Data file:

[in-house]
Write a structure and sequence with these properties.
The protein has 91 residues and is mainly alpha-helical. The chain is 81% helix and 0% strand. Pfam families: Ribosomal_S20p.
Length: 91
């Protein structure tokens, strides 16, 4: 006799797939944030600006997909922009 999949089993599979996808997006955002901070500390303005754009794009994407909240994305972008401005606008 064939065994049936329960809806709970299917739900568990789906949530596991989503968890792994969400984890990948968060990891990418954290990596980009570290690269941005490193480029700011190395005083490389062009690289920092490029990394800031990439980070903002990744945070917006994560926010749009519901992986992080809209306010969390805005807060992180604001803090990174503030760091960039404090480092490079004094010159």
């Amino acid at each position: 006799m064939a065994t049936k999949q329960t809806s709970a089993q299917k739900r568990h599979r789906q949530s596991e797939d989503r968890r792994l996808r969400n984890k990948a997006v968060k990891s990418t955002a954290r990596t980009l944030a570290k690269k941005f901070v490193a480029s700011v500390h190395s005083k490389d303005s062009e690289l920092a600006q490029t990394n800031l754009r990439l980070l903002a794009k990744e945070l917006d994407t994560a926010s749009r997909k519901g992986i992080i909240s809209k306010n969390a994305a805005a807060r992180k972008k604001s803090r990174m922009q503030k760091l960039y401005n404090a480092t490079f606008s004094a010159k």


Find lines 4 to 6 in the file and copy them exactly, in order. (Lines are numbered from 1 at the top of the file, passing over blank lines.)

Length: 91
């Protein structure tokens, strides 16, 4: 006799797939944030600006997909922009 999949089993599979996808997006955002901070500390303005754009794009994407909240994305972008401005606008 064939065994049936329960809806709970299917739900568990789906949530596991989503968890792994969400984890990948968060990891990418954290990596980009570290690269941005490193480029700011190395005083490389062009690289920092490029990394800031990439980070903002990744945070917006994560926010749009519901992986992080809209306010969390805005807060992180604001803090990174503030760091960039404090480092490079004094010159």
């Amino acid at each position: 006799m064939a065994t049936k999949q329960t809806s709970a089993q299917k739900r568990h599979r789906q949530s596991e797939d989503r968890r792994l996808r969400n984890k990948a997006v968060k990891s990418t955002a954290r990596t980009l944030a570290k690269k941005f901070v490193a480029s700011v500390h190395s005083k490389d303005s062009e690289l920092a600006q490029t990394n800031l754009r990439l980070l903002a794009k990744e945070l917006d994407t994560a926010s749009r997909k519901g992986i992080i909240s809209k306010n969390a994305a805005a807060r992180k972008k604001s803090r990174m922009q503030k760091l960039y401005n404090a480092t490079f606008s004094a010159k």